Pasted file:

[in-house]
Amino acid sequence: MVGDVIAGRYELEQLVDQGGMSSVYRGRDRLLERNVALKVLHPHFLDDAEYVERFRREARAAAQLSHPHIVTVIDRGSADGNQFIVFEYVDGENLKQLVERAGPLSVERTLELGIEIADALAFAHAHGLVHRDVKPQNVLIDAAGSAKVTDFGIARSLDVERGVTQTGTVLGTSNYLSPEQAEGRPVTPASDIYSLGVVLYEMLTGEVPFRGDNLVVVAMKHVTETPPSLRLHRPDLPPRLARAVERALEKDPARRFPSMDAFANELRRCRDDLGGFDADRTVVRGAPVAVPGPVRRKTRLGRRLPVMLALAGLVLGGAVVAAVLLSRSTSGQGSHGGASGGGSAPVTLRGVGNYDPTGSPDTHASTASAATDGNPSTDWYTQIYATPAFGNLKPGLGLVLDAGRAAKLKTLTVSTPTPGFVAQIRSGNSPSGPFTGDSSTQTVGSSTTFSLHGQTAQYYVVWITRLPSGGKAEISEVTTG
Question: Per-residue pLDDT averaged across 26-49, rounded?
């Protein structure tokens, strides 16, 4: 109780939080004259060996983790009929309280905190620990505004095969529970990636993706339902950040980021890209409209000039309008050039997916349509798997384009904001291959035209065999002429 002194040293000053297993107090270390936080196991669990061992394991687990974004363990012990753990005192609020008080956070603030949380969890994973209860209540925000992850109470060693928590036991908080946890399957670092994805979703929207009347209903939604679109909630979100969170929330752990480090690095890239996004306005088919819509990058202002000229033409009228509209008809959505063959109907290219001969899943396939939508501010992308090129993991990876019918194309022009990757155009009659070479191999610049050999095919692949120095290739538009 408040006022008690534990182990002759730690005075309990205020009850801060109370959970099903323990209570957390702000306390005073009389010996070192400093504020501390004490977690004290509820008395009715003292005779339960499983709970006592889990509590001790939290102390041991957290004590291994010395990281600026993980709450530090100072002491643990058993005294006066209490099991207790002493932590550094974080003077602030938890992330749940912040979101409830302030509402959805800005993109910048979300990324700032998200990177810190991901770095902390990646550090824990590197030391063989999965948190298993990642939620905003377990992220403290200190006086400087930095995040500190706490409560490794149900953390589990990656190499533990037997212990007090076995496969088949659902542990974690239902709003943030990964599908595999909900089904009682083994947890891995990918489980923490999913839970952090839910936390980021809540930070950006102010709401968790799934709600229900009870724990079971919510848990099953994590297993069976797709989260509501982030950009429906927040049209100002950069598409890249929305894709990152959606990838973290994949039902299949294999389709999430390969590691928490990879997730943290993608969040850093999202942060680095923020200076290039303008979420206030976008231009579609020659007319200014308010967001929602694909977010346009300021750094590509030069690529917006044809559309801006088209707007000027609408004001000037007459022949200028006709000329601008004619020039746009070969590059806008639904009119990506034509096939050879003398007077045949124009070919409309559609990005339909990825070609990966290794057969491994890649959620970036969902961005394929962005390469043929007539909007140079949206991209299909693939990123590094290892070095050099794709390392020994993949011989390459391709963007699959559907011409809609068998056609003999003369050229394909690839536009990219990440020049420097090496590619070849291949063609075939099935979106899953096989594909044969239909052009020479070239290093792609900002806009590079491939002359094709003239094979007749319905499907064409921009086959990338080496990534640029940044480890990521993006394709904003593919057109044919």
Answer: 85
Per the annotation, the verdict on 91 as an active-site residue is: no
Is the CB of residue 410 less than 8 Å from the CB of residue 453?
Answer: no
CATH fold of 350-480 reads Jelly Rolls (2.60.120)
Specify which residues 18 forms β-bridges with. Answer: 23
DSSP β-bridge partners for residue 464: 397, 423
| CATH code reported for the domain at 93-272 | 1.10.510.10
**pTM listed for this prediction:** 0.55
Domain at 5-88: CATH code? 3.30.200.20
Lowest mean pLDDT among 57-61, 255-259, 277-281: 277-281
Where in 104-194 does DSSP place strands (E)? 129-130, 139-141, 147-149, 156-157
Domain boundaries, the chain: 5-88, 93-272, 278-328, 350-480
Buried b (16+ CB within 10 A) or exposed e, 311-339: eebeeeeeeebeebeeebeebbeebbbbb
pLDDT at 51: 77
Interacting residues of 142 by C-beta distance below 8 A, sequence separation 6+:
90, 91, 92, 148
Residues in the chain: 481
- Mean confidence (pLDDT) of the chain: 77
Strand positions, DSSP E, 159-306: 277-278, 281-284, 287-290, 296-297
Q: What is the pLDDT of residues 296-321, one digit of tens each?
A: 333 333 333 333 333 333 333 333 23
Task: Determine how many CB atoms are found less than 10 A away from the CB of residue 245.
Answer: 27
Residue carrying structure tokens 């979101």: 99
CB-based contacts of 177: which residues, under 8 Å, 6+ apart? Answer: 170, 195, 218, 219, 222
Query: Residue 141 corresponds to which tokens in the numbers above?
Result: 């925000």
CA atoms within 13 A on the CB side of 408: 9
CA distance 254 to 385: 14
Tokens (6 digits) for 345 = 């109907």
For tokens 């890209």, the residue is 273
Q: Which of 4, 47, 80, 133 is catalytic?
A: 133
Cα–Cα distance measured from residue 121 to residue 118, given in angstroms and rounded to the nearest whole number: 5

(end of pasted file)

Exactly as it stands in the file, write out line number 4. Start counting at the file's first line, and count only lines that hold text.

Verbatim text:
């Protein structure tokens, strides 16, 4: 109780939080004259060996983790009929309280905190620990505004095969529970990636993706339902950040980021890209409209000039309008050039997916349509798997384009904001291959035209065999002429 002194040293000053297993107090270390936080196991669990061992394991687990974004363990012990753990005192609020008080956070603030949380969890994973209860209540925000992850109470060693928590036991908080946890399957670092994805979703929207009347209903939604679109909630979100969170929330752990480090690095890239996004306005088919819509990058202002000229033409009228509209008809959505063959109907290219001969899943396939939508501010992308090129993991990876019918194309022009990757155009009659070479191999610049050999095919692949120095290739538009 408040006022008690534990182990002759730690005075309990205020009850801060109370959970099903323990209570957390702000306390005073009389010996070192400093504020501390004490977690004290509820008395009715003292005779339960499983709970006592889990509590001790939290102390041991957290004590291994010395990281600026993980709450530090100072002491643990058993005294006066209490099991207790002493932590550094974080003077602030938890992330749940912040979101409830302030509402959805800005993109910048979300990324700032998200990177810190991901770095902390990646550090824990590197030391063989999965948190298993990642939620905003377990992220403290200190006086400087930095995040500190706490409560490794149900953390589990990656190499533990037997212990007090076995496969088949659902542990974690239902709003943030990964599908595999909900089904009682083994947890891995990918489980923490999913839970952090839910936390980021809540930070950006102010709401968790799934709600229900009870724990079971919510848990099953994590297993069976797709989260509501982030950009429906927040049209100002950069598409890249929305894709990152959606990838973290994949039902299949294999389709999430390969590691928490990879997730943290993608969040850093999202942060680095923020200076290039303008979420206030976008231009579609020659007319200014308010967001929602694909977010346009300021750094590509030069690529917006044809559309801006088209707007000027609408004001000037007459022949200028006709000329601008004619020039746009070969590059806008639904009119990506034509096939050879003398007077045949124009070919409309559609990005339909990825070609990966290794057969491994890649959620970036969902961005394929962005390469043929007539909007140079949206991209299909693939990123590094290892070095050099794709390392020994993949011989390459391709963007699959559907011409809609068998056609003999003369050229394909690839536009990219990440020049420097090496590619070849291949063609075939099935979106899953096989594909044969239909052009020479070239290093792609900002806009590079491939002359094709003239094979007749319905499907064409921009086959990338080496990534640029940044480890990521993006394709904003593919057109044919």